Sweden Bans M&M's in Marabou Trademark Dispute

MnMs packages
Packets of M&M's chocolates are seen at the production line of candy and chocolate maker Mars Chocolate France's plant in Haguenau, eastern France, in December 2011. Mars has been banned from selling the candy in Sweden because the packaging is too similar to a local chocolate maker's. Vincent Kessler/Reuters

Sweden has banned confectionery giant Mars from selling their M&M's candy in the country, unless they change the design of their packs and the pieces of candy themselves, Bloomberg reports.

The decision came after a Swedish court ruled against Mars's singular use of the lower case letter "M" on packaging and on each individual candy. A similar logo is used by Swedish candy maker Mondelez on their popular Marabou chocolate bars and candy, stamping squares of the bar with the single letter "M."

The company also sells packs of chocolate topped peanuts with a lowercase letter "M" emblazoned on the yellow and red pack, bearing a striking similarity to the M&M's packaging.

The dispute between the two companies is nothing new, as they struck a deal in 1989, deciding that Mars would not sell M&M's in Sweden, Norway or Finland. This agreement expired in 1998 and because it was not renewed, Mars decided to start selling their once banned sweets in the Scandinavian country in 2009.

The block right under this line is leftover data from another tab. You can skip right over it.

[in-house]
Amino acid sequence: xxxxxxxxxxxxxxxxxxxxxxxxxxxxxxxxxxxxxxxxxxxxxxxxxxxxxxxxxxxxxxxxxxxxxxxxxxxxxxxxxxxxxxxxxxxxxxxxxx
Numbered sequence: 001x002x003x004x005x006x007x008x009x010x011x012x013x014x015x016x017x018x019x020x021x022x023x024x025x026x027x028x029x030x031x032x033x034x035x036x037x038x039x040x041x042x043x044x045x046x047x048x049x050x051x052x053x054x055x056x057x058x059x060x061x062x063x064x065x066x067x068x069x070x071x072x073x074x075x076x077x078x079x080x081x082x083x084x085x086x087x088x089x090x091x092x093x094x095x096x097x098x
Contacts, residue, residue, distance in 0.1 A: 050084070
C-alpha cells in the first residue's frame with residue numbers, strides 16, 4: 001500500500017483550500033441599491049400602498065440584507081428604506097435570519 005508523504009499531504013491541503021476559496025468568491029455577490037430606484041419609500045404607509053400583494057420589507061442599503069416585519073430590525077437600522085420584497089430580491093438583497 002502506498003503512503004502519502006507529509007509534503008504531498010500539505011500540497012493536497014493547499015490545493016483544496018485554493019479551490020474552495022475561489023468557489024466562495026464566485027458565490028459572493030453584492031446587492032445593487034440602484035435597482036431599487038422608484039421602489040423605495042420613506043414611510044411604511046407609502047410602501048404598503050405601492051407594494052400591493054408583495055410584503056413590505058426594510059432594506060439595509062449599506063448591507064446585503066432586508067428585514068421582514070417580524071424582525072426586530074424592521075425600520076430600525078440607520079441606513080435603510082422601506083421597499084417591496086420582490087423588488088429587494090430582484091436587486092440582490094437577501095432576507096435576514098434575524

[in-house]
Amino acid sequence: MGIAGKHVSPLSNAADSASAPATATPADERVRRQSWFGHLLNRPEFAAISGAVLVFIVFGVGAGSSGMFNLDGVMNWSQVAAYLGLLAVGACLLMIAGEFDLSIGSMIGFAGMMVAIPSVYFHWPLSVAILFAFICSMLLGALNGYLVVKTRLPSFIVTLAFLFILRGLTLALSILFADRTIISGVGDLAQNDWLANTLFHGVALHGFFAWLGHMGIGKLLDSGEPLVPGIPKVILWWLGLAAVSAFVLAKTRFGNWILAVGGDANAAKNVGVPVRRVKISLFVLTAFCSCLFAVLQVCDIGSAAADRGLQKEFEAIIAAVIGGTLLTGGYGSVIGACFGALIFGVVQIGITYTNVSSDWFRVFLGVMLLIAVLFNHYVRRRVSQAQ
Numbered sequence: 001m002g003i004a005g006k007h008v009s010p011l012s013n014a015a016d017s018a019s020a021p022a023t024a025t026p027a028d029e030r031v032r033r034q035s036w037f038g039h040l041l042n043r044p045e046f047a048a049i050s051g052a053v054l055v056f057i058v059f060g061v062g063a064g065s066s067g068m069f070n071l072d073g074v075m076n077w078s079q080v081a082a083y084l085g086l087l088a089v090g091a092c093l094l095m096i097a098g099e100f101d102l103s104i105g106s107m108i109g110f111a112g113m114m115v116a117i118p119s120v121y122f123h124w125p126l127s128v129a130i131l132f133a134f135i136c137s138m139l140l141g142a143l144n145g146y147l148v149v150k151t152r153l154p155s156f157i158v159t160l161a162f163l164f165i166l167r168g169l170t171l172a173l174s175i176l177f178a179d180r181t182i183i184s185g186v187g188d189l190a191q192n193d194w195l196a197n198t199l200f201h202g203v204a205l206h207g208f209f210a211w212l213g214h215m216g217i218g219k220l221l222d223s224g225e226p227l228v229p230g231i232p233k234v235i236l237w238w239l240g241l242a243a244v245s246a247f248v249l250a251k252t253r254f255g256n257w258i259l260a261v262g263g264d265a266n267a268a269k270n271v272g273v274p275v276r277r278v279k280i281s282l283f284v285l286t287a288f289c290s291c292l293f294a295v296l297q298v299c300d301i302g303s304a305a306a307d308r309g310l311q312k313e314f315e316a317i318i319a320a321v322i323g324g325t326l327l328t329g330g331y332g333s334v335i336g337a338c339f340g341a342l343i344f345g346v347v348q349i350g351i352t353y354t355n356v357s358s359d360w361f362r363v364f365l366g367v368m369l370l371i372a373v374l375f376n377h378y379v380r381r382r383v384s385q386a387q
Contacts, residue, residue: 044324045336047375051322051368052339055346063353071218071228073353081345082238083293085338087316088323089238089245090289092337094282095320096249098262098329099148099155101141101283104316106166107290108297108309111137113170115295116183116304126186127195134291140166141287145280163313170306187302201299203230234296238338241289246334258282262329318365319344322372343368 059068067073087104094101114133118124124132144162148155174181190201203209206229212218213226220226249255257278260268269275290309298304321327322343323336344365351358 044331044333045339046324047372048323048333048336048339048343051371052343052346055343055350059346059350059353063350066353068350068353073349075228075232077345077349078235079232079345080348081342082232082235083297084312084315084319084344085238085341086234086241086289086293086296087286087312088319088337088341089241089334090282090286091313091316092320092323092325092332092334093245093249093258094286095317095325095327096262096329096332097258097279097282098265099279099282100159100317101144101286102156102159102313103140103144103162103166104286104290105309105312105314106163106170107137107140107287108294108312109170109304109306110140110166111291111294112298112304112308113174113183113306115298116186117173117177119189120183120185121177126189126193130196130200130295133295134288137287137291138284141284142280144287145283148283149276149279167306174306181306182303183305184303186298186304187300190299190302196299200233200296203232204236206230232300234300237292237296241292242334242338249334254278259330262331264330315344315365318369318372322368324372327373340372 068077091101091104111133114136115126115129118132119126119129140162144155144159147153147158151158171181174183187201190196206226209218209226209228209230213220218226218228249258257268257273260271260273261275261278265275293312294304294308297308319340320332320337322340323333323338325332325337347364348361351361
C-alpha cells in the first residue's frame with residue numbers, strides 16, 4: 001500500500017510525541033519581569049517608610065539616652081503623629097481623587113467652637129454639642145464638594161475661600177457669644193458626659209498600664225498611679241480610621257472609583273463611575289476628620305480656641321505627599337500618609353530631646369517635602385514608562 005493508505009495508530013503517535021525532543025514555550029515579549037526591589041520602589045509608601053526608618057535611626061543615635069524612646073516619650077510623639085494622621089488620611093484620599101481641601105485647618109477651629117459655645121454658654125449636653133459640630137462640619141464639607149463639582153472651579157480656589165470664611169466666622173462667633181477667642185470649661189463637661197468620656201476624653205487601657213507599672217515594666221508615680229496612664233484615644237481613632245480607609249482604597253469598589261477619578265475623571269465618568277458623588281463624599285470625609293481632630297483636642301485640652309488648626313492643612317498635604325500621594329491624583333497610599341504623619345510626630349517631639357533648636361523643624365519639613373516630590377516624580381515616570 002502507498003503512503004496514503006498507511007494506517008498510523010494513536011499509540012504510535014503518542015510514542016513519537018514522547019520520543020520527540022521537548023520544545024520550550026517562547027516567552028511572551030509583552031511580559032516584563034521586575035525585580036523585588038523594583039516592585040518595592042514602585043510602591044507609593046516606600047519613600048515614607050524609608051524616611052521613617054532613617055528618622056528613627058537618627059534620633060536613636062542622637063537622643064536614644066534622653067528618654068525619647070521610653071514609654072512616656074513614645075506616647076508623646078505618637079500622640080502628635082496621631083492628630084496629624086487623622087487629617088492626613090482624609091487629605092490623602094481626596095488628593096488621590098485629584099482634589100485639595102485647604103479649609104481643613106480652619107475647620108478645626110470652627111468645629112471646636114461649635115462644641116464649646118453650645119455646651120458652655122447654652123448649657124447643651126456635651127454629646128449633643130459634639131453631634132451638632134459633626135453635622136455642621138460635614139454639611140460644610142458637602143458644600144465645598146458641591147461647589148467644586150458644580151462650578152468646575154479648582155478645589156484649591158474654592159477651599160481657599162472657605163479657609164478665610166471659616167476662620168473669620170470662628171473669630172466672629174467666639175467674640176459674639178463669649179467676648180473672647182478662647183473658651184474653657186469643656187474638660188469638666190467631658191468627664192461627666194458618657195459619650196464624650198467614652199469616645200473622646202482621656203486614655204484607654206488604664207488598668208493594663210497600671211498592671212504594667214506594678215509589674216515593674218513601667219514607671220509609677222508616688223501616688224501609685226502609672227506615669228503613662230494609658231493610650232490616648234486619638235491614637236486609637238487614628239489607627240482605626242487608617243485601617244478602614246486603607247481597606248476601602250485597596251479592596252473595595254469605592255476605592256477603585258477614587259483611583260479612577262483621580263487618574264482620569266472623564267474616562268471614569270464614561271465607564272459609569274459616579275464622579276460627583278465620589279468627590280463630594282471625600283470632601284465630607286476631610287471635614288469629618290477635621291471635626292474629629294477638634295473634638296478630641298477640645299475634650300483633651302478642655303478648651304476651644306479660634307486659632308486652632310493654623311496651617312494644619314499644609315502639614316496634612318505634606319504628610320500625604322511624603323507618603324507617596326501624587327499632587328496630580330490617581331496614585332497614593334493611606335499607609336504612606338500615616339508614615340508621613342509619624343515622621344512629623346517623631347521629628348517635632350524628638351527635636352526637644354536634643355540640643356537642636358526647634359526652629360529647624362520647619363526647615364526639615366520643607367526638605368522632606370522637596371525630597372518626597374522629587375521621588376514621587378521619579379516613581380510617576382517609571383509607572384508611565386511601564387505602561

Shortly after Mondelez took action and on Wednesday the Svea Court of Appeal ruled against Mars in the trademark dispute. The court ruled that Mondelez, owned by U.S. company Kraft has exclusive rights to the "M" logo trademark in Sweden. However Mars would still be allowed to use an uppercase "M," deeming it sufficiently different from the logo of the Marabou M Peanut candy.

Mars said they believed "no confusion exists" between the two brands and said they would "assess the next steps for our beloved brand in Sweden."